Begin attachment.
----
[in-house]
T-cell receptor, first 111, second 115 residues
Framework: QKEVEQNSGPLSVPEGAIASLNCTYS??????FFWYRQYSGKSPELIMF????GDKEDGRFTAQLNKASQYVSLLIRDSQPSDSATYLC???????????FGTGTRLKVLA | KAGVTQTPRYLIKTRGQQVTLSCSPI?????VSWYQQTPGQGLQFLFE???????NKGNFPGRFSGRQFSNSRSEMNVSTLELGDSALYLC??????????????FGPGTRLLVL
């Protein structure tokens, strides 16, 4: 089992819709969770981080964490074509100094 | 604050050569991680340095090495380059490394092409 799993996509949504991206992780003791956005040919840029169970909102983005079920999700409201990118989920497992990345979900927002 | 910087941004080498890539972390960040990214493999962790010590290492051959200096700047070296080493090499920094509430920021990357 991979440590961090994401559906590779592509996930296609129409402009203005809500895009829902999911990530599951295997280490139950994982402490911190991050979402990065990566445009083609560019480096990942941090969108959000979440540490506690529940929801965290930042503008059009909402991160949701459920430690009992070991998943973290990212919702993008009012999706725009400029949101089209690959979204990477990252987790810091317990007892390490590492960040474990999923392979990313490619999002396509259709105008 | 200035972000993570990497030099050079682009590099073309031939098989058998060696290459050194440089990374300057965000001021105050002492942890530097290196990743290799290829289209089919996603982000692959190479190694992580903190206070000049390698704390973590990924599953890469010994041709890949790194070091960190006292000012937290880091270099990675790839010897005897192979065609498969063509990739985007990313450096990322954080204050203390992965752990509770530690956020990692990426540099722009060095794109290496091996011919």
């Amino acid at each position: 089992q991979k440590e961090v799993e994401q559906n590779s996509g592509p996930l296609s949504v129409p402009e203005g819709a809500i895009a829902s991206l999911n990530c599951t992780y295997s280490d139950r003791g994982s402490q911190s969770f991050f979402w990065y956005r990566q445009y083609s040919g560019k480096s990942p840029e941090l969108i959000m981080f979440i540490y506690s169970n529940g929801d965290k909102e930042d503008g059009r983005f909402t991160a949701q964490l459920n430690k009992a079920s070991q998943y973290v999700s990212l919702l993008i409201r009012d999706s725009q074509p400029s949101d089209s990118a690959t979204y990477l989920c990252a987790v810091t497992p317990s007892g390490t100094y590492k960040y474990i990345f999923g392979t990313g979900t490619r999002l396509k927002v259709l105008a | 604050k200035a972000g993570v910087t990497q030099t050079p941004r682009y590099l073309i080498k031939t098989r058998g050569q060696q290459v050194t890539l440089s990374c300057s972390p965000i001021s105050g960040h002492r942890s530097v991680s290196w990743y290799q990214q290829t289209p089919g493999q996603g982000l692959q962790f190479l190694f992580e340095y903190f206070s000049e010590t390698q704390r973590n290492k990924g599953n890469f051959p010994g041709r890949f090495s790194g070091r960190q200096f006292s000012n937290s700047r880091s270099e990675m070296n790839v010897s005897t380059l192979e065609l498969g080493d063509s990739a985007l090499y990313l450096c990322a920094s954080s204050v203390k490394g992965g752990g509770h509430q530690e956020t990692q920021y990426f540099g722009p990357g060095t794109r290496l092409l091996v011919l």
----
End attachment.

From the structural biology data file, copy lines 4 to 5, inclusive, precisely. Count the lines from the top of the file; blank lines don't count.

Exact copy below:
């Protein structure tokens, strides 16, 4: 089992819709969770981080964490074509100094 | 604050050569991680340095090495380059490394092409 799993996509949504991206992780003791956005040919840029169970909102983005079920999700409201990118989920497992990345979900927002 | 910087941004080498890539972390960040990214493999962790010590290492051959200096700047070296080493090499920094509430920021990357 991979440590961090994401559906590779592509996930296609129409402009203005809500895009829902999911990530599951295997280490139950994982402490911190991050979402990065990566445009083609560019480096990942941090969108959000979440540490506690529940929801965290930042503008059009909402991160949701459920430690009992070991998943973290990212919702993008009012999706725009400029949101089209690959979204990477990252987790810091317990007892390490590492960040474990999923392979990313490619999002396509259709105008 | 200035972000993570990497030099050079682009590099073309031939098989058998060696290459050194440089990374300057965000001021105050002492942890530097290196990743290799290829289209089919996603982000692959190479190694992580903190206070000049390698704390973590990924599953890469010994041709890949790194070091960190006292000012937290880091270099990675790839010897005897192979065609498969063509990739985007990313450096990322954080204050203390992965752990509770530690956020990692990426540099722009060095794109290496091996011919």
């Amino acid at each position: 089992q991979k440590e961090v799993e994401q559906n590779s996509g592509p996930l296609s949504v129409p402009e203005g819709a809500i895009a829902s991206l999911n990530c599951t992780y295997s280490d139950r003791g994982s402490q911190s969770f991050f979402w990065y956005r990566q445009y083609s040919g560019k480096s990942p840029e941090l969108i959000m981080f979440i540490y506690s169970n529940g929801d965290k909102e930042d503008g059009r983005f909402t991160a949701q964490l459920n430690k009992a079920s070991q998943y973290v999700s990212l919702l993008i409201r009012d999706s725009q074509p400029s949101d089209s990118a690959t979204y990477l989920c990252a987790v810091t497992p317990s007892g390490t100094y590492k960040y474990i990345f999923g392979t990313g979900t490619r999002l396509k927002v259709l105008a | 604050k200035a972000g993570v910087t990497q030099t050079p941004r682009y590099l073309i080498k031939t098989r058998g050569q060696q290459v050194t890539l440089s990374c300057s972390p965000i001021s105050g960040h002492r942890s530097v991680s290196w990743y290799q990214q290829t289209p089919g493999q996603g982000l692959q962790f190479l190694f992580e340095y903190f206070s000049e010590t390698q704390r973590n290492k990924g599953n890469f051959p010994g041709r890949f090495s790194g070091r960190q200096f006292s000012n937290s700047r880091s270099e990675m070296n790839v010897s005897t380059l192979e065609l498969g080493d063509s990739a985007l090499y990313l450096c990322a920094s954080s204050v203390k490394g992965g752990g509770h509430q530690e956020t990692q920021y990426f540099g722009p990357g060095t794109r290496l092409l091996v011919l």